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Nothing Wrong with This Guy's Shotgun Parenting

Kids don’t get emotionally scarred by having things taken away or by having reasonable boundaries imposed. They get emotionally scarred by angry parents, physical abuse, constant put-downs, helicopter parents, unreasonable expectations around grades, etc.

 

Tommy Jordan shot his daughter’s computer. That's right, he shot it. Now that may seem a bit extreme to you, but you shouldn’t pass judgment until you understand the whole situation.

He posted the "why" (and the shooting) on a YouTube video that can be seen here (the video does contain some adult language). The video went viral and has been viewed by more than 22 million people.  And an update from the father can be seen here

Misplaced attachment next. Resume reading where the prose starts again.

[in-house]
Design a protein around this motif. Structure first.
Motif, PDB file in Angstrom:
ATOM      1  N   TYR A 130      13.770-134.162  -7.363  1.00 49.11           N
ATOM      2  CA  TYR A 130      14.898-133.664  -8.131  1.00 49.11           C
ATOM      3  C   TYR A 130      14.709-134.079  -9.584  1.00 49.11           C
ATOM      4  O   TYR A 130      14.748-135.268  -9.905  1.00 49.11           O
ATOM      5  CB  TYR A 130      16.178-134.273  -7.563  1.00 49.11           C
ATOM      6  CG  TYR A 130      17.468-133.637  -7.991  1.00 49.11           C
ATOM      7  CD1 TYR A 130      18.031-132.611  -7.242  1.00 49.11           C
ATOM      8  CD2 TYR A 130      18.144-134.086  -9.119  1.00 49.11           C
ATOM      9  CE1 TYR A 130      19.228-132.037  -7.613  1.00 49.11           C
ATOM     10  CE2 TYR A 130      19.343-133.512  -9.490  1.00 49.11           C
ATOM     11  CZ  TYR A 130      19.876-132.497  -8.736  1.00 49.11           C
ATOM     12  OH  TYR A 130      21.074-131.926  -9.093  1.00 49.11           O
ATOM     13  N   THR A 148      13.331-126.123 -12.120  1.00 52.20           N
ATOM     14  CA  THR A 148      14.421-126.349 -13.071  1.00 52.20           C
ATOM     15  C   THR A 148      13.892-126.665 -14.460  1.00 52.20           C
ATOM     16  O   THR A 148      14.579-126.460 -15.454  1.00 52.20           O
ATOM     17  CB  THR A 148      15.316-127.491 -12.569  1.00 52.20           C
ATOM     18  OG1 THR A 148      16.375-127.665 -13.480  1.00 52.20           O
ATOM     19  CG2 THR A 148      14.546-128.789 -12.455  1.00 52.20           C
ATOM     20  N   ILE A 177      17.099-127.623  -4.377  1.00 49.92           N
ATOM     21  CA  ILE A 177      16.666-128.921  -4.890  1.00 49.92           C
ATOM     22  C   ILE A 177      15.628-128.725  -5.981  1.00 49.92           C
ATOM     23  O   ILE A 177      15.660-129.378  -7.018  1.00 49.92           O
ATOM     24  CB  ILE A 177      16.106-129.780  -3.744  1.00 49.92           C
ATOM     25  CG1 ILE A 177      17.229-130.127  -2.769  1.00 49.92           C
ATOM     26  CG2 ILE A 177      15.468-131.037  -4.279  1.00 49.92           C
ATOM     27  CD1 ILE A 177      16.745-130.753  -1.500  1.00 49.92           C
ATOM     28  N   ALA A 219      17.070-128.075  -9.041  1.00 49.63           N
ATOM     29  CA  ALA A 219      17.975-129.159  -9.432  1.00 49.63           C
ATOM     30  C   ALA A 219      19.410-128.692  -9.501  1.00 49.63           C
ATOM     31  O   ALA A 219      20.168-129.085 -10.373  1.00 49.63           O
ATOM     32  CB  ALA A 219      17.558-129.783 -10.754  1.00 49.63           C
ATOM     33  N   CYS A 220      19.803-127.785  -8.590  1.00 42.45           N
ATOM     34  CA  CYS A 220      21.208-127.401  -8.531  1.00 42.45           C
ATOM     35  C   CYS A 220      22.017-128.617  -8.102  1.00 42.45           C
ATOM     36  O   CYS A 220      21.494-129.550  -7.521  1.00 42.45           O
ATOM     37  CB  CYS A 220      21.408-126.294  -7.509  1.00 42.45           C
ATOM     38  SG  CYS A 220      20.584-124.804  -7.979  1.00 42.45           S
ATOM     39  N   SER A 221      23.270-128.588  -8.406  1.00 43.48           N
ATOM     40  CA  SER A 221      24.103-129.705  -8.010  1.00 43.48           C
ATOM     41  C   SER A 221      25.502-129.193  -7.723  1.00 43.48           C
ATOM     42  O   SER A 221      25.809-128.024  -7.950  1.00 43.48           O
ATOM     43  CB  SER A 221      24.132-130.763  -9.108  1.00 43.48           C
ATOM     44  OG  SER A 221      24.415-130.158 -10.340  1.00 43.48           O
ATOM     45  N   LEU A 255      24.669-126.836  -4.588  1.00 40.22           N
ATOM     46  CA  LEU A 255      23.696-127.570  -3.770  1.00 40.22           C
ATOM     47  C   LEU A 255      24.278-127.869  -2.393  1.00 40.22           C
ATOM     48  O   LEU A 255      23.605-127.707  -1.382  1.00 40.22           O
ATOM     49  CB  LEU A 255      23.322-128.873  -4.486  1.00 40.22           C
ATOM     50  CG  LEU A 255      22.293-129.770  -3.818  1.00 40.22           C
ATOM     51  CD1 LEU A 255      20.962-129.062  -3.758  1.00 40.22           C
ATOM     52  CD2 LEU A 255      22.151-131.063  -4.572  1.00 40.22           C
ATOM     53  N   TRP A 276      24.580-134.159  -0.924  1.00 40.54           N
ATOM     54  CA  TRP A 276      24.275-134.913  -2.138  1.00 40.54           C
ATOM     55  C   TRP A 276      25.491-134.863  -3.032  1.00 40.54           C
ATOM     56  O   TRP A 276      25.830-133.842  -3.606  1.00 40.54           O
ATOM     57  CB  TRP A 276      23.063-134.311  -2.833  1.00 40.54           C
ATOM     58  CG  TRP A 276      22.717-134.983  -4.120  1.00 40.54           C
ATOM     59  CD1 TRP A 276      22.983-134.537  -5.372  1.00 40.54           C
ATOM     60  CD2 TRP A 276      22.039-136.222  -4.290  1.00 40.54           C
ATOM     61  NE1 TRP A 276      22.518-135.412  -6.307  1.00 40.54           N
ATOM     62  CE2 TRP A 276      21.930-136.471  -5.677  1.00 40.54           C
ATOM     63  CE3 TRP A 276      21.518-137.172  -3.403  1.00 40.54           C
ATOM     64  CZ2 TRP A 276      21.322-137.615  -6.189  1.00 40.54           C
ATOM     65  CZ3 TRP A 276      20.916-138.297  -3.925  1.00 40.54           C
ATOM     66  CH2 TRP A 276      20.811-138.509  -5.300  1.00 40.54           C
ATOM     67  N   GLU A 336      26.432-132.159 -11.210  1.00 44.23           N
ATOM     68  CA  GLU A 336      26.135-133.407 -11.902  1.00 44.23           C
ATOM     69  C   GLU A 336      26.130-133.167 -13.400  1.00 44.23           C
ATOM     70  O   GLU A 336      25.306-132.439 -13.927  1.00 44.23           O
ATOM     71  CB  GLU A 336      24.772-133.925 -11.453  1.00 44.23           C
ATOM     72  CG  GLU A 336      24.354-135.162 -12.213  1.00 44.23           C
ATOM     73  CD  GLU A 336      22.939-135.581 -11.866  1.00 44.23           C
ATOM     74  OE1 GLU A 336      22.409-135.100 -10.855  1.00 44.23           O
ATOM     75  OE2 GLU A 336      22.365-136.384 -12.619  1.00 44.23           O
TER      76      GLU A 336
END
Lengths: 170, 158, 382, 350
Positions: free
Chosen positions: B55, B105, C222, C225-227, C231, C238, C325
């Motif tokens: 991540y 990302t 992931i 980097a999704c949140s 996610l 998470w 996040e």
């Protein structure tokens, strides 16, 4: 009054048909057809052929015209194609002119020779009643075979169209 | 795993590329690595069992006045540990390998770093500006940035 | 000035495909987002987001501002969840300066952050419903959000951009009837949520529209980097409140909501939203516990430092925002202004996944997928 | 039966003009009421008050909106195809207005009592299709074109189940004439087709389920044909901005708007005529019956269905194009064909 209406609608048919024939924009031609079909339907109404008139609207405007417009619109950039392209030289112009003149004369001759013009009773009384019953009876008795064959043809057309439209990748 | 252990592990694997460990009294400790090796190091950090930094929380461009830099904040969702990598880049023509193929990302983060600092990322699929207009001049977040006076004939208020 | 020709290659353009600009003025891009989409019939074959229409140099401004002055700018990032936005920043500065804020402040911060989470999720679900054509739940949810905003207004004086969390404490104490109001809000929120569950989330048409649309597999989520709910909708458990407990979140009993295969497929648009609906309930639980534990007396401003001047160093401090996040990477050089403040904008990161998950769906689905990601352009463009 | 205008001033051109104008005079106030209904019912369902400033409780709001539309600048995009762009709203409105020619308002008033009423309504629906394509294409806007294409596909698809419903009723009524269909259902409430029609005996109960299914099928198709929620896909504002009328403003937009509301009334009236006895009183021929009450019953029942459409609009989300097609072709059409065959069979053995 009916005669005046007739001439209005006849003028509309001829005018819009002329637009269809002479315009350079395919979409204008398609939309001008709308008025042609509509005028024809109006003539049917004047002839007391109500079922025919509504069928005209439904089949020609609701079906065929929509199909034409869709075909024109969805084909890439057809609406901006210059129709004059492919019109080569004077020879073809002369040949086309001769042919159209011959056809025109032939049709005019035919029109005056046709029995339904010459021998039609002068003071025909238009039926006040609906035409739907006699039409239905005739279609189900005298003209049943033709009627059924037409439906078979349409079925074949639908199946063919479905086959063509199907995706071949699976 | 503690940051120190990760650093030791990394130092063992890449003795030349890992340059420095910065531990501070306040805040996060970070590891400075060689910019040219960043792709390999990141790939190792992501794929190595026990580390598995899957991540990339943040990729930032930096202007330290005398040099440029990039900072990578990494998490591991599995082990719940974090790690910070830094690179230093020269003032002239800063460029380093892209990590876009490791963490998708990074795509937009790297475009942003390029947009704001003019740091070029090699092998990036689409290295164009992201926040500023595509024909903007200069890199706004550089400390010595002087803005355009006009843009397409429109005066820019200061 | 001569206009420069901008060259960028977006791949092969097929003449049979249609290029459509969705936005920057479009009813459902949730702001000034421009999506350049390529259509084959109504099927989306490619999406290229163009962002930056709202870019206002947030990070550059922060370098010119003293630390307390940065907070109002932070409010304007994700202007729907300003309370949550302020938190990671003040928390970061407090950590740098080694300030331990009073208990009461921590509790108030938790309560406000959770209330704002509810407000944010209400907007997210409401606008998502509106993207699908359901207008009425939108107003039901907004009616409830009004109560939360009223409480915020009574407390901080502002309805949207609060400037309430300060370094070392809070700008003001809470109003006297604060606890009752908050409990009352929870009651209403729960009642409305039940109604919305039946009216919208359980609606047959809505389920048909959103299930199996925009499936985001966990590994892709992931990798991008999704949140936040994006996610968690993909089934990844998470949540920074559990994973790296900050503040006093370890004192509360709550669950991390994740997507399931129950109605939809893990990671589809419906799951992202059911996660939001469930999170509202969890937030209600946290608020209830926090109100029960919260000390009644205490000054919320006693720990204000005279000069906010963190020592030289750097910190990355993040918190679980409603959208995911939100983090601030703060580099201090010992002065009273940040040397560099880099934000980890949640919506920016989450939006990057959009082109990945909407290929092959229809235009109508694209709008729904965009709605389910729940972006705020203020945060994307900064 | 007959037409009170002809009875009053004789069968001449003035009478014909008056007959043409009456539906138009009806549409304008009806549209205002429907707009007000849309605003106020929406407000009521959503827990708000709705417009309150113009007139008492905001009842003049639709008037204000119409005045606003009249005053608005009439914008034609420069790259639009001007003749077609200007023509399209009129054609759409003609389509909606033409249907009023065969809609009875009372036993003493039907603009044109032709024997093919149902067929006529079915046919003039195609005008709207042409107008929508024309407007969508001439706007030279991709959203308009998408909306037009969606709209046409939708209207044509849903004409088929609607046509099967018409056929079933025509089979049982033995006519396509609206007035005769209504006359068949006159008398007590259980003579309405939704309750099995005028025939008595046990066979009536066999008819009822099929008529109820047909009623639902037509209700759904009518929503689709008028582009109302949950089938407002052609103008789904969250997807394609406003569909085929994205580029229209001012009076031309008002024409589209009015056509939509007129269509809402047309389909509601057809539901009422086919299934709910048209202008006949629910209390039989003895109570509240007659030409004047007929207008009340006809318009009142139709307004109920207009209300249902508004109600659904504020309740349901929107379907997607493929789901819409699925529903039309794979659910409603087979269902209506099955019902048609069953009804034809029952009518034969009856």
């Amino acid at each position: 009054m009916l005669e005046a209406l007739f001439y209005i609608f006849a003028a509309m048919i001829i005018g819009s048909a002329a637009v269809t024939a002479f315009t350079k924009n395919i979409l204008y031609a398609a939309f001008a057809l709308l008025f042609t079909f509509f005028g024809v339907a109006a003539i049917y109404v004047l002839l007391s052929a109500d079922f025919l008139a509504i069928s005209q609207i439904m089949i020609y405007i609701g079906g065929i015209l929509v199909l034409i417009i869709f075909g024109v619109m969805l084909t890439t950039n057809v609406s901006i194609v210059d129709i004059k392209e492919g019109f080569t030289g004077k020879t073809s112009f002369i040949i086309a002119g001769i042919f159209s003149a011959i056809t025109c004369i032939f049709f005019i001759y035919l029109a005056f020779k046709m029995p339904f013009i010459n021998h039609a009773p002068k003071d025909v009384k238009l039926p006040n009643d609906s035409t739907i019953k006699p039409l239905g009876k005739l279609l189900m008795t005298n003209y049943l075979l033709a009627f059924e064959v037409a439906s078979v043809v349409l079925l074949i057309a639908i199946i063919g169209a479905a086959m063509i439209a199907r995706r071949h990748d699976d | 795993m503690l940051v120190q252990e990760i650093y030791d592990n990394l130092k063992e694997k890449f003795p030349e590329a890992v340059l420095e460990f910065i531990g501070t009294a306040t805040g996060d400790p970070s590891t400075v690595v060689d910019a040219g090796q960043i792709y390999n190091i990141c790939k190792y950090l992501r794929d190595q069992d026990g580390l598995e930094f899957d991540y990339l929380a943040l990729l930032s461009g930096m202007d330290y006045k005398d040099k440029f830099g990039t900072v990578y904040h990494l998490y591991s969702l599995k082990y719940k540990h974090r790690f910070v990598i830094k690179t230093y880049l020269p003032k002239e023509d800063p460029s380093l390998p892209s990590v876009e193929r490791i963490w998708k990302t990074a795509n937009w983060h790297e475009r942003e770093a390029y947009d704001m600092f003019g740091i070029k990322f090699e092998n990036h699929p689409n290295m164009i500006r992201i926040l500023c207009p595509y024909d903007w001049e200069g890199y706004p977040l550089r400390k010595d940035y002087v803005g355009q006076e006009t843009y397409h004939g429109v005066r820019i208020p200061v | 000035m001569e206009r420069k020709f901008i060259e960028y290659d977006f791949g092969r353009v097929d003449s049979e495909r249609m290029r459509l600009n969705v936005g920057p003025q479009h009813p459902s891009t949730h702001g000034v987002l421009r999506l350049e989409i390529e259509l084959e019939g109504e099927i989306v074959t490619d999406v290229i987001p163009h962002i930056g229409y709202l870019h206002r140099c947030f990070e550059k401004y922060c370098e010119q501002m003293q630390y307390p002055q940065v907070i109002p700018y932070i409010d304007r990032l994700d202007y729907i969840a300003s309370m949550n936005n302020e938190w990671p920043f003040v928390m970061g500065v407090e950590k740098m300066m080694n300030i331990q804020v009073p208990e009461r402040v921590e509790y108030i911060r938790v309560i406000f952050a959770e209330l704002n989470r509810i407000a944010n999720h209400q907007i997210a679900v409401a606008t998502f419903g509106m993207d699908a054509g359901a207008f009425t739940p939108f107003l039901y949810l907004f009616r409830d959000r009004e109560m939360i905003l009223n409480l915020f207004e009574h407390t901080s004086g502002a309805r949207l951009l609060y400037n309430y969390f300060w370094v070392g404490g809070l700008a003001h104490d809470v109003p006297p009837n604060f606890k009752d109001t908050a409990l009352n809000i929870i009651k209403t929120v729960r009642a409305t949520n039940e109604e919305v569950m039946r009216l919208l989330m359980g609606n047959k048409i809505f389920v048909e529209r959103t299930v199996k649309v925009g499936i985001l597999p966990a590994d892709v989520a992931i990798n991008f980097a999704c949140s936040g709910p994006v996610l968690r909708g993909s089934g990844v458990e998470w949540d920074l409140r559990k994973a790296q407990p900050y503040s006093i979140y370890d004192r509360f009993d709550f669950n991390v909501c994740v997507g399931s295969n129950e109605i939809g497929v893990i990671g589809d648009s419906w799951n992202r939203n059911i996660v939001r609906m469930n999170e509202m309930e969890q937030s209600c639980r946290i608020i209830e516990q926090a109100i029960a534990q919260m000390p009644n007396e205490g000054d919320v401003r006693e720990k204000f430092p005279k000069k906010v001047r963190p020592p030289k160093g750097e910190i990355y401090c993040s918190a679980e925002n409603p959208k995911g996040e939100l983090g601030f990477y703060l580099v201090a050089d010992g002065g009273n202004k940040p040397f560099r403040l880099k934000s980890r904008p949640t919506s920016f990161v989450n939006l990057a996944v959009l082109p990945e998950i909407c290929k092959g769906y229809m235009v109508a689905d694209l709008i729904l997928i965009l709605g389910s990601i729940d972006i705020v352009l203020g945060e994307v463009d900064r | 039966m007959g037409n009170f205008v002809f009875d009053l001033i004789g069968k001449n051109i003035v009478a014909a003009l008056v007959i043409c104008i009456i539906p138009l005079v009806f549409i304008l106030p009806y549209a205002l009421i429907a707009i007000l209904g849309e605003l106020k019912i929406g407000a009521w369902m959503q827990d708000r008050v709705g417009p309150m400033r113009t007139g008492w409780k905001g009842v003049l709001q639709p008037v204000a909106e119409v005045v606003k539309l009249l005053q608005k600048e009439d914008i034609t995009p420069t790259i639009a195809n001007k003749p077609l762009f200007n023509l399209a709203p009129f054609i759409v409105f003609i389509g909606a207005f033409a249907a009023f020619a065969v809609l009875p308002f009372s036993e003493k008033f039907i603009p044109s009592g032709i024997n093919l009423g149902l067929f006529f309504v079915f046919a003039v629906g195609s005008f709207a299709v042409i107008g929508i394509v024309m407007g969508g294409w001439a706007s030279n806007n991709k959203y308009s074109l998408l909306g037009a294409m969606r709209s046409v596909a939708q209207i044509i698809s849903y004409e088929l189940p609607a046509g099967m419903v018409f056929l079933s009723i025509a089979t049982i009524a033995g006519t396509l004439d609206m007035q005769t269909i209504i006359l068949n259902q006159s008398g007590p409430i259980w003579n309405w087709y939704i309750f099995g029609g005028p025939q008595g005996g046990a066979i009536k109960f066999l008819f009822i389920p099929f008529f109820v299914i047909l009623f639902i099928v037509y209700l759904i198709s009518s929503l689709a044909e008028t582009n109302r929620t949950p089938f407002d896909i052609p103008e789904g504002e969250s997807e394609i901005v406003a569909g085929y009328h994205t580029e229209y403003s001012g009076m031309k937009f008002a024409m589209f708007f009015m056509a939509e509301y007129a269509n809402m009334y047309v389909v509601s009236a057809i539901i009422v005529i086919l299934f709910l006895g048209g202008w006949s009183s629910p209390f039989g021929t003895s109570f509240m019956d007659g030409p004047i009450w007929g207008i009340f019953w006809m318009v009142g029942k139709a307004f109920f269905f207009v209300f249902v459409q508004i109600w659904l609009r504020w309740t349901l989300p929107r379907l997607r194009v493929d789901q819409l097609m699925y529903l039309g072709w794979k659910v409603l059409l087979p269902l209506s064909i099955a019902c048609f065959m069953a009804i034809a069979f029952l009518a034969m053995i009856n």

Please take a moment to watch the video and read the update. Especially if you’re a parent. There’s some really good parenting in there.

Long story short, the daughter posted a rant on Facebook about how awful her parents were for making her do chores, and she didn’t say it nicely. There was a whole lot of cursing going on in the post. Before posting it, she blocked "family" and "church" so only her friends would see it. Well, her dad saw it. And it turns out this wasn’t the first time she’s done something like this. So, after spending the previous day and $130 to tune up her computer (he’s an IT guy), he shot it. Several times. And he says if she ever wants another computer, she’ll have to get a job and buy one for herself.